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Deadly Japan typhoon underscores need for resilient societies, says Bartlett

Thursday, October 17, 2019

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KINGSTON, Jamaica — Tourism Minister, Edmund Bartlett, says the passage of a powerful typhoon in Japan last week is a stark reminder of the urgent need for resilient societies effectively prepared to confront historic storms and extreme weather events.

Typhoon Hagibis crashed into the country last Saturday night (October 12), unleashing high winds and torrential rain across 36 of the country's 47 prefectures, triggering landslides and catastrophic flooding.

Bartlett, who is also co-chairman of the Global Tourism Resilience and Crisis Management Centre(GTRCM), said the consequent loss of over 70 lives and disruption to daily activities with over 5,000 persons in shelters; 230,000 evacuees ahead of the storm; over 9,960 homes flooded, thousands of homes without electricity and water; and cancellation of World Rugby Cup 2019 matches highlight a few of the focus areas for immediate action in crafting resilience policies – energy, water, housing, transportation, health and sports tourism.

The tourism minister, in a statement today, said the tourism resilience centre stands ready to advance on discussions to establish a satellite centre of the GTRCM in Japan as both countries have a wealth of expertise, good practices and experiences in effectively managing the aftermath of natural disasters.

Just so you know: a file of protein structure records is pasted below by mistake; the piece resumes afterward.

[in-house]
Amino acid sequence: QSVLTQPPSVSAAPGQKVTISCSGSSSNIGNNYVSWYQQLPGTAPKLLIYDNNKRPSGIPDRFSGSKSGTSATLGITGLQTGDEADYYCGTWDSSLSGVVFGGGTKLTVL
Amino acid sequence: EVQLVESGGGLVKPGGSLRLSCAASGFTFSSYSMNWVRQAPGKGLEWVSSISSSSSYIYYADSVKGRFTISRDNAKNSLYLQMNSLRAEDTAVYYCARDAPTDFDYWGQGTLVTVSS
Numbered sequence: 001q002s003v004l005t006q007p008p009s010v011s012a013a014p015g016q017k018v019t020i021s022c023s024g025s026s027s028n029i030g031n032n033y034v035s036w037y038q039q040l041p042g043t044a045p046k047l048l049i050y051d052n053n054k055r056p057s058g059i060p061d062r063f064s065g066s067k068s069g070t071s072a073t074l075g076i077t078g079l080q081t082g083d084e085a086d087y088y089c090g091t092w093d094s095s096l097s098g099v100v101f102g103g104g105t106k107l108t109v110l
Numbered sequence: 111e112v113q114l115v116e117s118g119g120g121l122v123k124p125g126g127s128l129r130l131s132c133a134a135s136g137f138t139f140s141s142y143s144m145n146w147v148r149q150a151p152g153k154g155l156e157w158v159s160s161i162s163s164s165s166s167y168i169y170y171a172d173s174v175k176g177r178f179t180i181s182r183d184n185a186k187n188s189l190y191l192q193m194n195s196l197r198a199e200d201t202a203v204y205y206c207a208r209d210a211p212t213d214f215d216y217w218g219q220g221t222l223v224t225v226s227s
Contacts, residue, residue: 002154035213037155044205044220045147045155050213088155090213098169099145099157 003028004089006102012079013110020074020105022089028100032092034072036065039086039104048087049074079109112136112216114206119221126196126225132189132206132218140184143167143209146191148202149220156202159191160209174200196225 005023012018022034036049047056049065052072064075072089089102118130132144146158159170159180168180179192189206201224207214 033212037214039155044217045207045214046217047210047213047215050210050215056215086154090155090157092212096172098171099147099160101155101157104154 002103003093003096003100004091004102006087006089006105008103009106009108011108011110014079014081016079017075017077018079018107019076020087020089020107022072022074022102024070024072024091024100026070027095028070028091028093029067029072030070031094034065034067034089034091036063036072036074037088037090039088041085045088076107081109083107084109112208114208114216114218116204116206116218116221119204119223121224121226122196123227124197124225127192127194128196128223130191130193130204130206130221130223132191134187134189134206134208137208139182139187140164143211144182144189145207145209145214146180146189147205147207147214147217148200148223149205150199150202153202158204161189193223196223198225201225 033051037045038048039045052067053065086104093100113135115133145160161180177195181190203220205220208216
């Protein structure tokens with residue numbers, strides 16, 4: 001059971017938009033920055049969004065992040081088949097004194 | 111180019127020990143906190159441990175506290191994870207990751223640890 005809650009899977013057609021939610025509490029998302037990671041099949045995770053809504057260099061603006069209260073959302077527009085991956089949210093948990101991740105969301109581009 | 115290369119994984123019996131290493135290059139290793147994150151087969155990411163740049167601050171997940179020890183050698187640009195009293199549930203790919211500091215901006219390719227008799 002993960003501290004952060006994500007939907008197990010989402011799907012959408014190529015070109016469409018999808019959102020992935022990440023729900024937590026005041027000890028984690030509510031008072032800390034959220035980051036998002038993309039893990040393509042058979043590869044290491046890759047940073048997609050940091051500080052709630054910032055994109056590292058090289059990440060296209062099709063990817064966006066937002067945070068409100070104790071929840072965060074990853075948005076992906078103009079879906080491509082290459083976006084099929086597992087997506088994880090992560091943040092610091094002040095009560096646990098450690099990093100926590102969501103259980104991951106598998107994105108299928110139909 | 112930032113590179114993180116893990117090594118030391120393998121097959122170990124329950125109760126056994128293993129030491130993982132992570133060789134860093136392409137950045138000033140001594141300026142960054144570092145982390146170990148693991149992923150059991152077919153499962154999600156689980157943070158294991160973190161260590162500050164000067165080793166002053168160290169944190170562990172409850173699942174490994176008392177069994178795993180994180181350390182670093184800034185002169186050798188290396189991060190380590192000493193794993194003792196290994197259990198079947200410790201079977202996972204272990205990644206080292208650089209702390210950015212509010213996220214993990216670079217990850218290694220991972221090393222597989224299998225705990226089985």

He said he has also reached out to Tourism Minister of Japan, Keiichi Ishii.

“I express deepest sympathies with you, the people and Government of Japan following the passage of super typhoon Hagibis which has claimed more than 70 lives and caused widespread destruction in its wake,” Bartlett said in a letter.

The trajectory and intensity of Typhoon Hagibis caused record rainfall in Tokyo with severe flooding as more than twenty rivers in the central and northeastern Japan had burst their banks. The repeated historic records of these natural disasters demand that resilience discussions and efforts be innovative and forward thinking to brace against nature's exponential increase in intensity and impact.

The establishment of satellite centres in countries such as Japan which have a track record of effectively responding to and recovering from natural disasters and other disruptions to sustainable development will enhance the growing body of research and innovative solutions to “build back better”.

The Global Tourism Resilience and Crisis Management Centre, launched earlier this year, was established to assist global tourism destinations with destination preparedness, management and recovery from disruptions and/or crises that impact tourism and threaten economies and livelihoods globally, include climate and seismic events.


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